There is no dearth of oddities in the world which naturally evoke public interest and curiosity. Did you know that there are museums dedicated to storing and exhibiting the strangest of items? From toilets in New Delhi, instant noodles in Japan and barbed wires in America to bread in Germany, lawnmowers and dog collars in England to all types of Phallological specimens found in mammals (including human) in Iceland, museums have so much to offer and yes, the world loves to celebrate the strange.
One such unique museum founded in 1985 in Mexico city that is on the seventh floor of the Ministry of National Defense -- or Mexican army HQ -- is however closed to the public. The museum is called the Museo de Enervantes (roughly translated as Museum of Stupefacients), but it is known more popularly as the Drug Museum or Narco Museum
While walking through the museum, one can see strange contraptions belonging to drug labs, such as clandestine heroin labs built from seized jugs and hoses, a bulletproof cowboy waistcoast, seized narcotics, medallions, a cell-phone bathed in gold, a carved wooden chair in the form of the grim reaper and busts of bandit turned "narco saints." Some exhibits are also examples of the ingeniousness of the traffickers, such as a frame of a picture of the Virgin of Guadalupe that is stuffed with cocaine and another of a couple of dead armadillos also used for smuggling.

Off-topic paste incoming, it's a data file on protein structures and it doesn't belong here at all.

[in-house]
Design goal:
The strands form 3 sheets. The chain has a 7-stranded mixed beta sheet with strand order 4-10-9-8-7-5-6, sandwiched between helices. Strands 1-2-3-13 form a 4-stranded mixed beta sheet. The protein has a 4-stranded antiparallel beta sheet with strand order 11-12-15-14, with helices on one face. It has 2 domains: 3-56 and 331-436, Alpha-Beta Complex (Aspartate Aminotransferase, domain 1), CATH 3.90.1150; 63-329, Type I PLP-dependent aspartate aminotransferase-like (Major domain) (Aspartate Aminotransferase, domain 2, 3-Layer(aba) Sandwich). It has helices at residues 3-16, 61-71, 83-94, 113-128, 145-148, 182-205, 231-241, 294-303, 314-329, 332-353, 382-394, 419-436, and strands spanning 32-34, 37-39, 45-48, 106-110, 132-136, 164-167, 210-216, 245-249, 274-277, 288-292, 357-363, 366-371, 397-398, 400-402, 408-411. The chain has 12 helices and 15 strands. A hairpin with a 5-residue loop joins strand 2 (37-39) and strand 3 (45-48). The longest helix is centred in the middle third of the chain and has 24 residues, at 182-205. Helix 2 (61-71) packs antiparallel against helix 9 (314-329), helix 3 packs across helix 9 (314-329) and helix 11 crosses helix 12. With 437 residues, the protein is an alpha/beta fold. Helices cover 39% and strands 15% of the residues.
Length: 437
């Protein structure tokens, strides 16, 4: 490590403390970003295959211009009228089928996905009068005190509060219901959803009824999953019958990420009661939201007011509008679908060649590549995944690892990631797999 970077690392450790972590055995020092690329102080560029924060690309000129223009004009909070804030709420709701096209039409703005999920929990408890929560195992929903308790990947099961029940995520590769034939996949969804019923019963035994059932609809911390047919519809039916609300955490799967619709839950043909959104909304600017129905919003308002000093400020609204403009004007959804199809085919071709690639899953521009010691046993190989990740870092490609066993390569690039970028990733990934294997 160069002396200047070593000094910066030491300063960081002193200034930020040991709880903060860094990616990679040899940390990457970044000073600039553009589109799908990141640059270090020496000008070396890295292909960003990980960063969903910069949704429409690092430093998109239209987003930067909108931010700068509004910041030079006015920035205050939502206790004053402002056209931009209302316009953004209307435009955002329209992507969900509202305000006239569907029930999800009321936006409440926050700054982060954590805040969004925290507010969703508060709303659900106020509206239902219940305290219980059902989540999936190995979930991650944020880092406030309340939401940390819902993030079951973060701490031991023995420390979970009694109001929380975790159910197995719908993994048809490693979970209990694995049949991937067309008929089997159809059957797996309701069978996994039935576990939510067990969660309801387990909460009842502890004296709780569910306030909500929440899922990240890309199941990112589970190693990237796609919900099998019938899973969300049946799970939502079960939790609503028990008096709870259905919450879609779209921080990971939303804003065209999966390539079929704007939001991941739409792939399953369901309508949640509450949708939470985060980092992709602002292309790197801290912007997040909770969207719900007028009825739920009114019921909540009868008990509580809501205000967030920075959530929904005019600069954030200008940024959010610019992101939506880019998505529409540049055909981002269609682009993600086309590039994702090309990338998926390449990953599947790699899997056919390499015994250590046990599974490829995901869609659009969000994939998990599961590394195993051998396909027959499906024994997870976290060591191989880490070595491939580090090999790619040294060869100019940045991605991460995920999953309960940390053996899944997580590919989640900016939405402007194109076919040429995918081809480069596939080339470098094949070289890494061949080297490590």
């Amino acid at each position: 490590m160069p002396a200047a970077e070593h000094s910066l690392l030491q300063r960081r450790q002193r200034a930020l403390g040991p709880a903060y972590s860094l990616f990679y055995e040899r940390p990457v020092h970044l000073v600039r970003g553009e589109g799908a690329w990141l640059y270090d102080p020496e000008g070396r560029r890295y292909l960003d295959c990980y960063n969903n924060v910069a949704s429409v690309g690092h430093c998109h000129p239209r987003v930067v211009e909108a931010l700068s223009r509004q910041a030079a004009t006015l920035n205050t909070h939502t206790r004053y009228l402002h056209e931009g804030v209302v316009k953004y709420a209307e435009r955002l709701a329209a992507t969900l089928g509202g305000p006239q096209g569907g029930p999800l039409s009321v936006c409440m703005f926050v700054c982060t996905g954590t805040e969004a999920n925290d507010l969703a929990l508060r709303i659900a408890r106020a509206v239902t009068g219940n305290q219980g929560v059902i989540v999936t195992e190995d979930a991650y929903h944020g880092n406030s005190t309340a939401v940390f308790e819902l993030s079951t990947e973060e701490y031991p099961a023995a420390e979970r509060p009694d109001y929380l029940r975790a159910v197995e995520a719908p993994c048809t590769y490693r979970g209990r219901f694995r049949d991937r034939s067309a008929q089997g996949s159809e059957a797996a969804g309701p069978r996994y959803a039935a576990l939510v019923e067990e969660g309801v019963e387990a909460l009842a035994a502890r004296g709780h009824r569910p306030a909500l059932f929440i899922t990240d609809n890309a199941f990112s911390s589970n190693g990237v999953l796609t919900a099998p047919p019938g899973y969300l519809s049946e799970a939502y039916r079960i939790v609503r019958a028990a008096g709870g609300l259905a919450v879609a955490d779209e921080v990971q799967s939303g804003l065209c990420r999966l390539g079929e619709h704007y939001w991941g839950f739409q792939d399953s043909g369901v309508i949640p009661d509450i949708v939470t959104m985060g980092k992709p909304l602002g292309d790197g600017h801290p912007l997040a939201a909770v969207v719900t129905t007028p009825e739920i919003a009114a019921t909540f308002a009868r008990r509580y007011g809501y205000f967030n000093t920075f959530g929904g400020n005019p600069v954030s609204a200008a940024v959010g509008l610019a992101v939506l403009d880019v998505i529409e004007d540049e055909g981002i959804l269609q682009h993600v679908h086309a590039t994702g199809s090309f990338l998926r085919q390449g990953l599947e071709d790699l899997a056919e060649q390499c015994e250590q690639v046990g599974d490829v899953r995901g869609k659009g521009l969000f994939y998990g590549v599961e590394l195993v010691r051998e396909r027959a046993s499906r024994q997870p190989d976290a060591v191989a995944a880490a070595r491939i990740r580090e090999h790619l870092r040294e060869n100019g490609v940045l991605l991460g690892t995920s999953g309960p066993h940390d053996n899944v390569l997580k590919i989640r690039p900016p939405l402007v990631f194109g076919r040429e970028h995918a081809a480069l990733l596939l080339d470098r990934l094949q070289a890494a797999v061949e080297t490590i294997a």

Another similar picture near the museum's exit features a chubby boy, about a year old, sitting on the floor. Clad in camouflage, the boy is surrounded with stuffed animals and two dozen AK-47s. While one can assume that this seized memorabilia may be a glorification of Narco traffickers and drug dealers (Breaking Bad or Narcos anyone?), Captain Claudio Montane, a guide at the military museum strongly and vehemently disagrees.
"The most effective way of combating narco trafficking is to understand it better...Its purpose is to show Mexico and the world the efforts and the good results that we have achieved" Montane has been quoted saying to the Guardian.
Montane is right. Mexico has been under the grip of some of the worst drugs-related violence in the western hemisphere. Clashes between troops and drug traffickers, and among rival gangs, have claimed more than 10,000 lives. The museum amply reflects this reality. A plaque at the museum's entrance tallies the military's losses and 99 officers and soldiers died between December 2006 and 2009.
But the most interesting space in the museum to see is definitely the "narco-culture" room that houses weapons, that also include heavy weapons such as rocket launchers like the RPG-29. Here one can see gold plated and gem studded guns with revolutionary symbolism in the form of engravings relating to revolutionaries such as Francisco "Pancho" Villa and Emiliano Zapata.
One pistol has an engraving with the date of Mexico's independence September 16, 1810, while another one has a proverb from "Pancho" Villa : "I'd rather die on my feet than live on my knees." But there are also guns with names of fashion designers such as the Italian tailor Versace. There is also a gun with 221 diamonds on its handle.
Who knew that these bloodthirsty gangsters were simultaneously patriotic, saintly, philanthropic, fashionable, trendy and clichéd? The point to remember is that without the dedication and sacrifice of the brave soldiers of the law enforcement agencies, we would have never been privy to a slice of their life.
Here are some exclusive pictures of the museum from the "Narco Culture" room: